Chronic back pain - seeking advice Chronic back pain - seeking advice

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Thread: Chronic back pain - seeking advice

  1. #1
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    Default Chronic back pain - seeking advice

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    Male
    34 years old
    6’-1”
    240 lbs
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    I have had on/off lumbar back pain for about 15 years now. Some days I’m fine, some days i’m not. High impact movements hurt. I don’t run or jump or power clean for this reason. I had a visit to the bone and joint clinic and had MRI and xrays performed. The follow up notes were as follows:


    There is a transitional anatomy with a segmented S1-S2 level. For the purpose of this dictation, the lowest segment the level is labeled S1-S2. The first non rib bearing vertebral body is labeled L1. The conus terminates at T12 and appears unremarkable. There is 7mm anterolisthesis of S1 on S2. There is probable bilateral S1 spondylolysis. There is no significant narrow edema. No destructive bony lesion is seen. The inferior endplate of S2 demonstrate irregularity with proliferate changes, suggestive of chronic remodeling. No significant edema is seen. Limited visualization of the retroperitoneal structures appear unremarkable.
    At T12-L1, unremarkable.
    At L1-L2, unremarkable.
    At L2-L3, unremarkable.
    At L3-L4, unremarkable.
    At L4-L5, mild posterior disc bulge without significant central canal or foraminal stenosis.
    At L5-S1, there is focal central disc protrusion superimposed on disc bulge as well as mild bilateral facet arthropathy. No significant central canal or forminal stenosis. No evidence of nerve root compromise.
    At S1-S2, there is probable bilateral S1 spondylolysis with 7mm anterolisthesis of S1-S2, there is also broad-based posterior disc protrusion. There is decompression of thecal sac without significant central canal stenosis. There is mild bilateral foraminal stenosis.

    Complaint:
    back pain.

    Reason:
    1. Transitional anatomy with segmented S1-S2 level as noted above. Correlate carefully for future surgical planning.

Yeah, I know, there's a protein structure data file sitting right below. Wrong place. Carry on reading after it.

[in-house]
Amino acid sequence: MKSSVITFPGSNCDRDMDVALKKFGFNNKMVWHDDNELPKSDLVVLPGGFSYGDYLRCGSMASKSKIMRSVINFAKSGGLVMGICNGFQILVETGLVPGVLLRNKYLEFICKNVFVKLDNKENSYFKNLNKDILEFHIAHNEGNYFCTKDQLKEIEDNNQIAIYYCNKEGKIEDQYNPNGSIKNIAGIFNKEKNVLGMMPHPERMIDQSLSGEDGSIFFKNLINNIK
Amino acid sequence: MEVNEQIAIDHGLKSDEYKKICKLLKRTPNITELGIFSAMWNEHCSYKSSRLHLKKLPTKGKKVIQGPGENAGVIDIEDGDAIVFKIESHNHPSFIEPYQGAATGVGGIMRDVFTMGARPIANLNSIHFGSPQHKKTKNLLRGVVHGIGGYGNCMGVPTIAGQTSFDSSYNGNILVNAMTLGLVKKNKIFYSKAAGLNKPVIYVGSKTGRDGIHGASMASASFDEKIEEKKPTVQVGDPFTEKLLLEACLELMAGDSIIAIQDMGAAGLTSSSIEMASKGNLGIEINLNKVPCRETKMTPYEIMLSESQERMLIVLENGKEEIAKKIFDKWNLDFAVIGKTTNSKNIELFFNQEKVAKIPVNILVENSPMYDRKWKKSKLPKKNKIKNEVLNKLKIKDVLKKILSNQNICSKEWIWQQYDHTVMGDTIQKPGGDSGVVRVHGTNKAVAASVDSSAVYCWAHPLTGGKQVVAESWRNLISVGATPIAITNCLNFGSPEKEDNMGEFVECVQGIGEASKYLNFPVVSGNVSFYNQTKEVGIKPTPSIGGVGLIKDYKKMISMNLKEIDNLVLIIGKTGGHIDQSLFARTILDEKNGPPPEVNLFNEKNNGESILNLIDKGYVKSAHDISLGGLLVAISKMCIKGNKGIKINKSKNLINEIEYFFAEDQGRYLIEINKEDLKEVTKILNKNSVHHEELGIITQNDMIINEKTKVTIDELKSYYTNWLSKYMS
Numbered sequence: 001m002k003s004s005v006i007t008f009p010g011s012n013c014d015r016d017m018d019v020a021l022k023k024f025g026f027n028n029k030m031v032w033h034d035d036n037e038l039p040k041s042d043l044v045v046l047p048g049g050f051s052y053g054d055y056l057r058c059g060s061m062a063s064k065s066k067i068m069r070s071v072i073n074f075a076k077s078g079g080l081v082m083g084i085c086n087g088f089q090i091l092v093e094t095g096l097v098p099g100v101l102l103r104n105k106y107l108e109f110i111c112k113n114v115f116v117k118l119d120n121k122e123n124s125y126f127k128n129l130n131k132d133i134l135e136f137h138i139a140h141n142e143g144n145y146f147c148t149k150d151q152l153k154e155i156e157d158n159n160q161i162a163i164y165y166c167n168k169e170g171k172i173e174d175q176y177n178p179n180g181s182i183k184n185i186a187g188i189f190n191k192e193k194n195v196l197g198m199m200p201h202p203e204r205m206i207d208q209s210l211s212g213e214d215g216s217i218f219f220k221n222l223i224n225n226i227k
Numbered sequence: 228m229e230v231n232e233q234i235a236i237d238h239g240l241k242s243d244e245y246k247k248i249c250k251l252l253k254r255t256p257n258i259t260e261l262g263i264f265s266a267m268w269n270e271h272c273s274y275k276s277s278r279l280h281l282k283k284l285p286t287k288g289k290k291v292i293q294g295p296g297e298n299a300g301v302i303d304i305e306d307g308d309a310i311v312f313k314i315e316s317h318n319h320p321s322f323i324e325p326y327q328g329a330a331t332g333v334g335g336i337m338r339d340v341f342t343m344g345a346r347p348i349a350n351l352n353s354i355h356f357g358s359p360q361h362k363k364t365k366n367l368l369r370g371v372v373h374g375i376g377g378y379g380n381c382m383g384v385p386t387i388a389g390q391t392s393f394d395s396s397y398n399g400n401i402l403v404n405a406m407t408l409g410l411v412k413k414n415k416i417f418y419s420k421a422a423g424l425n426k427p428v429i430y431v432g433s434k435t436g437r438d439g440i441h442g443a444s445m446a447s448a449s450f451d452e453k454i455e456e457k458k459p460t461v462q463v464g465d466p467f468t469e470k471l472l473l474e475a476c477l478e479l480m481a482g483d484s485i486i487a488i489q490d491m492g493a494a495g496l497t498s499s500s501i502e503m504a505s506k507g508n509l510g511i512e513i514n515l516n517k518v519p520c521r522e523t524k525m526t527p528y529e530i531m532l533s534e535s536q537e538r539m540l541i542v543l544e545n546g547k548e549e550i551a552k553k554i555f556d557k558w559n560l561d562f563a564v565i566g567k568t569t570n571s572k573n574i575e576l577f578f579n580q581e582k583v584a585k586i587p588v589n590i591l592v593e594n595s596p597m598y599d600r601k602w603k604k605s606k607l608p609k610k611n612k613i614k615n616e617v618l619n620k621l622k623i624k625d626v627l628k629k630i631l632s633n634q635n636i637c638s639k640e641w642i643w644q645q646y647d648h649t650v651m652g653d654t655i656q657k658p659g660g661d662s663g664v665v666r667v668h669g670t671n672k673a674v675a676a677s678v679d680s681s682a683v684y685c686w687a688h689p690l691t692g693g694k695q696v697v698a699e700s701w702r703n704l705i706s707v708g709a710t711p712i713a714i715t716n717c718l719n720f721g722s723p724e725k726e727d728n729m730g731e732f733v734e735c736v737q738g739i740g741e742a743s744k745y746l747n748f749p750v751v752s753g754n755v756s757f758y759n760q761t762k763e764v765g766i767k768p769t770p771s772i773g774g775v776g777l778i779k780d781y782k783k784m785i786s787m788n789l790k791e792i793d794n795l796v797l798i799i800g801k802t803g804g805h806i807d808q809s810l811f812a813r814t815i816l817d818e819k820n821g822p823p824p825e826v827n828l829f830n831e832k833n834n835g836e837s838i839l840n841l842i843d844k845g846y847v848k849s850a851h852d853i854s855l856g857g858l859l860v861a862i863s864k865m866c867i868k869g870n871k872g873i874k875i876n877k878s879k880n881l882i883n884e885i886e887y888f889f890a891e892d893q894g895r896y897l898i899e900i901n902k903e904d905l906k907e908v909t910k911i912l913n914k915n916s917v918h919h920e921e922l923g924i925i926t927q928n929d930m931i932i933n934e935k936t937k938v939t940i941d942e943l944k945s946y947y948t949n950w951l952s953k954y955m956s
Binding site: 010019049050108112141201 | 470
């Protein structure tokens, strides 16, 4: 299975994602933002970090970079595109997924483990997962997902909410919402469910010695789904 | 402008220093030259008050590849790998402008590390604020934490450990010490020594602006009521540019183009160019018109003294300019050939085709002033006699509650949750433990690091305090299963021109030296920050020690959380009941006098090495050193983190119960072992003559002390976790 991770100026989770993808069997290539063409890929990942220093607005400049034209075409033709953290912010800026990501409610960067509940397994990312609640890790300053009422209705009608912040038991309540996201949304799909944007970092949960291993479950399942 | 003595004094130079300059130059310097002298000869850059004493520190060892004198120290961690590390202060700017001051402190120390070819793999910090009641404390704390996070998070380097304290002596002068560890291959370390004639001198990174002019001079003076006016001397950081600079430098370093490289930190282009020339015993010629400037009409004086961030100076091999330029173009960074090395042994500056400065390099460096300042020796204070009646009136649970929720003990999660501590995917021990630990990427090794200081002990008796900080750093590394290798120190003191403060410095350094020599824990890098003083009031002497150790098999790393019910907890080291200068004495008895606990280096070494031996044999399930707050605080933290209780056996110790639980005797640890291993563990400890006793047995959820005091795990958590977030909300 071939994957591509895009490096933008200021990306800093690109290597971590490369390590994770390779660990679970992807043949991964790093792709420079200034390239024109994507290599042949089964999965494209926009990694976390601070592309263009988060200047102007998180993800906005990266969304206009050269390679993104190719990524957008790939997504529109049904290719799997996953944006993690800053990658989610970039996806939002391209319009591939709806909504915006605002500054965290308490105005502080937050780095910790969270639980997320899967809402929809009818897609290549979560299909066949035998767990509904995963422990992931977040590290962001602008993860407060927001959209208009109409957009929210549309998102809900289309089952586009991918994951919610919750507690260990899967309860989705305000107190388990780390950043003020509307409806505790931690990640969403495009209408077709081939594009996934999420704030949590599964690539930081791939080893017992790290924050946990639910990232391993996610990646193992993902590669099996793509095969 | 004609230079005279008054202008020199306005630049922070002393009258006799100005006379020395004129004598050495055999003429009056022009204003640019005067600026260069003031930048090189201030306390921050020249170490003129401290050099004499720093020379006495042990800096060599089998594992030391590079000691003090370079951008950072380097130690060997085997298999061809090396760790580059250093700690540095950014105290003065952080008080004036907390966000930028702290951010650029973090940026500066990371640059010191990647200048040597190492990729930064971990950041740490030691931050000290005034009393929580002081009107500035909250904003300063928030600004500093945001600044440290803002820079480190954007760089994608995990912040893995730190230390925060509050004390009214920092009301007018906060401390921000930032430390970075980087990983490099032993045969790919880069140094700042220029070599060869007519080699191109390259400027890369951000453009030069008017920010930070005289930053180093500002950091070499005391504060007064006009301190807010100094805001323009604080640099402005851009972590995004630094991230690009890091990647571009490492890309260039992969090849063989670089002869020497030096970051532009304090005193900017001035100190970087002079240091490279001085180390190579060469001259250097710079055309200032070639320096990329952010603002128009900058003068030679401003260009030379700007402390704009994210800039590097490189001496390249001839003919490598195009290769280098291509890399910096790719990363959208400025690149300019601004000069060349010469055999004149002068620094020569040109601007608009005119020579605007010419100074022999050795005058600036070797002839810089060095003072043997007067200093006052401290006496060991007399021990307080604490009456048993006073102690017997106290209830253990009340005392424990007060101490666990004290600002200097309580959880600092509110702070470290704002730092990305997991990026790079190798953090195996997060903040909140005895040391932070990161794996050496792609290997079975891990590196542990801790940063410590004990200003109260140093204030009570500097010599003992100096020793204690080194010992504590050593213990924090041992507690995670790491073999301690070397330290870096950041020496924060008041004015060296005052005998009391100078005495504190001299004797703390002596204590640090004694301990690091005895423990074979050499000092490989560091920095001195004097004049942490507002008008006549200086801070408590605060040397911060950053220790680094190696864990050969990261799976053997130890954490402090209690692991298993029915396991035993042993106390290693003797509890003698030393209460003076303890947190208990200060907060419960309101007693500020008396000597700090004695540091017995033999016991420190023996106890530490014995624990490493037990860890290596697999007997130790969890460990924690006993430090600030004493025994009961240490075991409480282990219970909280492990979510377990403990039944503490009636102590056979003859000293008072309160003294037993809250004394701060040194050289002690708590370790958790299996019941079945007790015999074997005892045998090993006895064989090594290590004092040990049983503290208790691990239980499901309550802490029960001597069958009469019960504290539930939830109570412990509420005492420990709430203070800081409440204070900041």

2. Probable bilateral S1 spondylolysis with 7mm anterolisthesis of S2. Broad based disc protrusion at S1-S2, resulting in mild foraminal stenosis. Chronic appearing bony remodeling of endplate of S1 and superior endplate of S2.
    3. Focal central disc protrusion at L5-S1 without significant central canal or foraminal stenosis

    Of all the things mentioned above, including the “extra” vertebrae, the spondylolysis concerns me the most. From what I *think* I understand, this means that one of vertebrae has “slipped” forward and could potentially slip further, causing nerve damage or paralysis.

    Is there anyone here that can unpack all of this info and provide me with any tips or advice as I move forward with my slow but steady training? Anything helps. Even if it’s “just deal with it and keep training.” Or “don’t be a pussy”

    Thanks!

  2. #2
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    Quote Originally Posted by Aaron Hutson View Post

    Of all the things mentioned above, including the “extra” vertebrae, the spondylolysis concerns me the most. From what I *think* I understand, this means that one of vertebrae has “slipped” forward and could potentially slip further, causing nerve damage or paralysis. This is not what this means at all. We have covered this multiple times on the board, in lectures, presentations, etc.

    Is there anyone here that can unpack all of this info and provide me with any tips or advice as I move forward with my slow but steady training?
    There is. I happen to be one of them, but this is too much of a situation to provide this level of coaching for free. This would require a professional consultation.

  3. #3
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    I understand completely. I posted this in a state of personal frustration and I should have done more research beforehand. I've searched the site and found 2 very good articles on the specific subject. As always, they are very informative and have addressed many of my concerns. Thank you for your help.

  4. #4
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    Quote Originally Posted by Aaron Hutson View Post
    I understand completely. I posted this in a state of personal frustration and I should have done more research beforehand. I've searched the site and found 2 very good articles on the specific subject. As always, they are very informative and have addressed many of my concerns. Thank you for your help.